UCSF Researcher First Winner of Prize for Innovative Work on Multiple Sclerosis

By Pete Farley

UCSF neuroscientist Jonah R. Chan, PhD, has been named the winner of the inaugural Barancik Prize for Innovation in MS Research for developing a technique that will allow scientists to conduct better experiments and more rapidly evaluate potential drug therapies for multiple sclerosis (MS).

Awarded by the National MS Society and including a cash award of $100,000, the prize recognizes Chan’s creation of a unique system for studying oligodendrocytes, cells that wrap themselves around the thin nerve-cell extensions called axons that transmit signals in the brain. Much like the plastic covering on electrical wiring, the fatty sheath formed by oligodendrocytes, known as myelin, provides insulation that is crucial to quick, efficient communication among neurons.

Jonah R. Chan, PhD

In MS, the immune system goes awry and attacks myelin, resulting in poor neural conduction and a range of progressively worsening symptoms including fatigue, numbness, pain, problems with walking and balance, and impaired vision.

Chan, the Debbie and Andy Rachleff Professor of Neurology at UCSF School of Medicine, studies the biology of oligodendrocytes in the hopes of discovering ways to repair damaged myelin in patients with MS.  

Oligodendrocytes have traditionally been studied in cell culture along with nerve cells or in brain slices, but using these methods, it is difficult to isolate the mechanisms of myelination – the cues that prompt the cells to wrap themselves around the axon and create a layer of myelin – and more challenging to use high-throughput techniques to assess the effects of drugs and other factors on this process.

In experiments Chan has conducted over the past several years, engineered polystyrene nanofibers have served as stand-ins for axons. After seeding these nanofiber scaffolds with the cellular precursors of oligodendrocytes, members of Chan’s lab could closely observe how oligodendrocytes are formed and where they migrate, and which “microenvironments” are most conducive to the creation of myelin. In this work, Chan discovered that myelination is more readily triggered in oligodendrocytes by fibers of a larger diameter, and does not depend on biochemical signals from the axon.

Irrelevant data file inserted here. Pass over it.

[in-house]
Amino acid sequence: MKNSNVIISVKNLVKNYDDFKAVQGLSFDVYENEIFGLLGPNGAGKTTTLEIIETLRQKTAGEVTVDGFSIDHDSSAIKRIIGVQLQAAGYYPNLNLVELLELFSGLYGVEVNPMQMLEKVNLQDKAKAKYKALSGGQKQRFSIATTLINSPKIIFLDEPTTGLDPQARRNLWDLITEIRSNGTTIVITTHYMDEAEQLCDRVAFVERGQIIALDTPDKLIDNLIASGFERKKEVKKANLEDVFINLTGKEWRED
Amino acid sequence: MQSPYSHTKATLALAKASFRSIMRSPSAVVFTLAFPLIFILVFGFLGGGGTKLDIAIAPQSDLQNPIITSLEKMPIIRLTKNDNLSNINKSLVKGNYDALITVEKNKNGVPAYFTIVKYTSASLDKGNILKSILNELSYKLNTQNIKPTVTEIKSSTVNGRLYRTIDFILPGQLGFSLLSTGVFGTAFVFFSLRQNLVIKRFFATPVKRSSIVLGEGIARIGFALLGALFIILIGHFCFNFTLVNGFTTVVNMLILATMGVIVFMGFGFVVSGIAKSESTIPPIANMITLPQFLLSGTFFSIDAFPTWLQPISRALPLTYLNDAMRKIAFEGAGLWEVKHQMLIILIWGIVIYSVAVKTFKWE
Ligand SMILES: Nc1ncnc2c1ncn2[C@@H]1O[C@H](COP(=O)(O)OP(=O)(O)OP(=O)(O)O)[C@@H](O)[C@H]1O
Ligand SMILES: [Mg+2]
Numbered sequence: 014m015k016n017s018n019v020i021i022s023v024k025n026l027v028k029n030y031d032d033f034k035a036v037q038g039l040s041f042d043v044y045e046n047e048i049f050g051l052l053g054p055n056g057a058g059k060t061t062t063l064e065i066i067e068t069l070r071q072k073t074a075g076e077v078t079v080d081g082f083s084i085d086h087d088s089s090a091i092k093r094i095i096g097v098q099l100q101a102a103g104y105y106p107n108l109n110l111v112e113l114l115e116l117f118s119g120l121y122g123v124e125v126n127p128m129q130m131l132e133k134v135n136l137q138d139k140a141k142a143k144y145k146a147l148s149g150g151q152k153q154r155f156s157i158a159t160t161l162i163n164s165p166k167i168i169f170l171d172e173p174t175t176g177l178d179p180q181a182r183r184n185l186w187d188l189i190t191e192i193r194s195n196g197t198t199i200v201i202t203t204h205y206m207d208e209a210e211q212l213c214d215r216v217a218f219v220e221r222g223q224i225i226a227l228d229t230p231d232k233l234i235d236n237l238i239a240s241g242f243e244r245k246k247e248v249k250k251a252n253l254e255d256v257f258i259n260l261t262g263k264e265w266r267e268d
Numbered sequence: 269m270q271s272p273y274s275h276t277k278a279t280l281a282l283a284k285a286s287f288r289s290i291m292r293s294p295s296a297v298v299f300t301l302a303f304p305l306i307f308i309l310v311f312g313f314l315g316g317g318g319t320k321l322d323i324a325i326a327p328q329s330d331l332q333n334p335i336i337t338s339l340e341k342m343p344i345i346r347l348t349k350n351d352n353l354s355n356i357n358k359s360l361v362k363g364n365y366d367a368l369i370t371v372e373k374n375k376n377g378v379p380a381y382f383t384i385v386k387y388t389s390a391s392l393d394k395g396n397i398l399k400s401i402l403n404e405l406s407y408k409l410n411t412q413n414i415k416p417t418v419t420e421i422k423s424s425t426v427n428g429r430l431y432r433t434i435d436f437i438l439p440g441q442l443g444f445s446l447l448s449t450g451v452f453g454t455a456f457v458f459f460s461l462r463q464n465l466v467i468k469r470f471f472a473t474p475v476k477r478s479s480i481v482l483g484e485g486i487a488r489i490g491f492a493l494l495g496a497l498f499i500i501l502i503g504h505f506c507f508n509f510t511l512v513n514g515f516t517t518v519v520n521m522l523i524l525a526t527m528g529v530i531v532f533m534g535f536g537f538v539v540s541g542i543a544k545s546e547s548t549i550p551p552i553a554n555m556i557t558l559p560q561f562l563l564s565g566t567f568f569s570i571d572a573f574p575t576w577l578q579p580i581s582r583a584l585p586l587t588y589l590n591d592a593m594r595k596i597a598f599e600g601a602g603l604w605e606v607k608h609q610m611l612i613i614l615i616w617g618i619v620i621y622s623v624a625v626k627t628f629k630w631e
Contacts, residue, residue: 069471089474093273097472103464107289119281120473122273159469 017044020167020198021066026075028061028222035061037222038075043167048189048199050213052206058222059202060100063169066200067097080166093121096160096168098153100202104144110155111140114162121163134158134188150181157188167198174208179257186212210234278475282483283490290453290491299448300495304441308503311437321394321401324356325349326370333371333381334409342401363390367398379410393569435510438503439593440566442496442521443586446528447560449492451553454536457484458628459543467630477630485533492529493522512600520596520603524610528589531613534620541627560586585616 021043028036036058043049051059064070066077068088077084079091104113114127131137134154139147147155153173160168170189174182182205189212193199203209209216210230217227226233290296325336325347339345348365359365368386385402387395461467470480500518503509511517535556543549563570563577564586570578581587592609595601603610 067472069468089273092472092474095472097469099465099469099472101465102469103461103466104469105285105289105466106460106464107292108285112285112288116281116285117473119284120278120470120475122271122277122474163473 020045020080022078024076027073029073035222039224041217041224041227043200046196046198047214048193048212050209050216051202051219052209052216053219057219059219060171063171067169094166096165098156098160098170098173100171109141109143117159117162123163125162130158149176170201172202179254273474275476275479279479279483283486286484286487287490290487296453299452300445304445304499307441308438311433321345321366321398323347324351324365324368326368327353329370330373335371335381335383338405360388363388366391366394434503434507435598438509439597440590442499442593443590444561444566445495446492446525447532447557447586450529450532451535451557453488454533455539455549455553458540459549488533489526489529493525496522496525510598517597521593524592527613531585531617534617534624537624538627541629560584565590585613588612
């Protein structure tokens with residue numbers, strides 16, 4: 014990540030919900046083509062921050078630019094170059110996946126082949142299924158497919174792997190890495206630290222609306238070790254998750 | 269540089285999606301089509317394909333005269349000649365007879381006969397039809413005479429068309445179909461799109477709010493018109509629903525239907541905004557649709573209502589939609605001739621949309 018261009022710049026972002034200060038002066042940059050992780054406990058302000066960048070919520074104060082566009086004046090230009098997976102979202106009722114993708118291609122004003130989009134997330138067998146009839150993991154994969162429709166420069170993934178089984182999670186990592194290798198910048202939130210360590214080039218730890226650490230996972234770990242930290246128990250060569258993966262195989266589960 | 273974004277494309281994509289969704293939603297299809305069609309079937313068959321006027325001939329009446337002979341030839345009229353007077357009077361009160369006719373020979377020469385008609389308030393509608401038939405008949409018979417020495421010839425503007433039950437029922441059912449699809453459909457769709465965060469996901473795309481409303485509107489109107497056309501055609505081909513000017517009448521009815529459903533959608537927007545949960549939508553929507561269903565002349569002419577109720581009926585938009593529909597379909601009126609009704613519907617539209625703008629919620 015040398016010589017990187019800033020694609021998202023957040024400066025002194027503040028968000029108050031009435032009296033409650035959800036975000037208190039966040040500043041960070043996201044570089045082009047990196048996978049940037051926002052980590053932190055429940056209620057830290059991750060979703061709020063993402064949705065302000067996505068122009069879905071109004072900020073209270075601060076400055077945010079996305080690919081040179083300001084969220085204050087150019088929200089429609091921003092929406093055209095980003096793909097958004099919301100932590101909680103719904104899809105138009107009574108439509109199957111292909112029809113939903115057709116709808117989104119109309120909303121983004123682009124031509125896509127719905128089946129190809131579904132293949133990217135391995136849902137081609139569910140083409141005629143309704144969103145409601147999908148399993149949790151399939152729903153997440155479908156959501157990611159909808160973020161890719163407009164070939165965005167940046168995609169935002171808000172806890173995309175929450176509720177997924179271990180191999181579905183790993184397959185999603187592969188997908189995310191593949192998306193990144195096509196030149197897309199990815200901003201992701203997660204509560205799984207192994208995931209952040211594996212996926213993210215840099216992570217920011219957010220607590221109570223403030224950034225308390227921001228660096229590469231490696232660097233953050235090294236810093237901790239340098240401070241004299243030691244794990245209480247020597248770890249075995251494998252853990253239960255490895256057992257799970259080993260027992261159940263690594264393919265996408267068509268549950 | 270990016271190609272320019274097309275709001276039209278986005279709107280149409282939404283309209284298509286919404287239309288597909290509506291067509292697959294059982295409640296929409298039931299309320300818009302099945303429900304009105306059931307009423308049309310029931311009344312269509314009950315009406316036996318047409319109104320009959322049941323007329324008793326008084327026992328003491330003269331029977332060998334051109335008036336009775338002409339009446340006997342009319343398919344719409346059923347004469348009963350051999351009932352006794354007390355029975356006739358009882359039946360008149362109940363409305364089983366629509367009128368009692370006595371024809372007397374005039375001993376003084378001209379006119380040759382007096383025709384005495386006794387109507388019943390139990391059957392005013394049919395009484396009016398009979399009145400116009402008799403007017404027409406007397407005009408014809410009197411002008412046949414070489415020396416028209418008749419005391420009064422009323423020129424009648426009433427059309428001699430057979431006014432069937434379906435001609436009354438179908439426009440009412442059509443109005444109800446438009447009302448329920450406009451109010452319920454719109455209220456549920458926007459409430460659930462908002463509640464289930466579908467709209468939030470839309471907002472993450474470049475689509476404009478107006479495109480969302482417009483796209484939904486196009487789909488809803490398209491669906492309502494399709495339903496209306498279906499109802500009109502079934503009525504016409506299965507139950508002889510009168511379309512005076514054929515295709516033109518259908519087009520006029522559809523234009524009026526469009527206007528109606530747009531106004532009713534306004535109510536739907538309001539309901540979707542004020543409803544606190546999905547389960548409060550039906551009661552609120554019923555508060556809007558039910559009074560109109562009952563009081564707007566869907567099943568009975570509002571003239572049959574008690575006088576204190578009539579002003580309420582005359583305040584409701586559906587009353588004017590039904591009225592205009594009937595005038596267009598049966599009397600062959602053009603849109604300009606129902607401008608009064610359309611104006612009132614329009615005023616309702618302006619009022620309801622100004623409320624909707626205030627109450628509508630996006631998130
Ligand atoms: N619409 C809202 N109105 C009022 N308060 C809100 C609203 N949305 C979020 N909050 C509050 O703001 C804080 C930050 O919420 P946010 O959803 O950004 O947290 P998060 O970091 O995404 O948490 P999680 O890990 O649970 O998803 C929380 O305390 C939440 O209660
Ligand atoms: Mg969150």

In the work that garnered the Barancik Prize, Chan is building on these findings with a system he has dubbed BIMA (Binary Indicant for Myelination Using Micropillar Arrays), in which arrays of fabricated microscopic pillars act in place of axons. Oligodendrocytes form myelin around each of these micropillars, just as with the nanofibers, but the advantage of BIMA is that Chan can view myelination from above and below, giving him a cross-cut view of myelin wrapping that can be quantified, somewhat like counting the rings of a tree.

Chan has added automated methods to BIMA that allow him to rapidly test the effects of potential drugs on myelination. He and his colleagues are using this approach to screen thousands of compounds in search of drug candidates that may accelerate or promote remyelination in MS. Some of these compounds have already been approved by the FDA as safe for other conditions, so Chan’s hope is that promising candidates could be rapidly moved into clinical trials in people with MS, a strategy that could shave years off the search for new treatments.

“Receiving the Barancik prize is a great honor, especially as I consider the other nominees to be such extraordinary scientists and clinicians,” said Chan. “This prize acknowledges not only my efforts, but also the efforts of my colleagues and the talented students and postdocs that I have had the pleasure to work with. This award validates our work, encourages us to be more daring in our science, and is a reminder that it is a privilege to contribute to something greater than ourselves.”

Read more at the National MS Society website.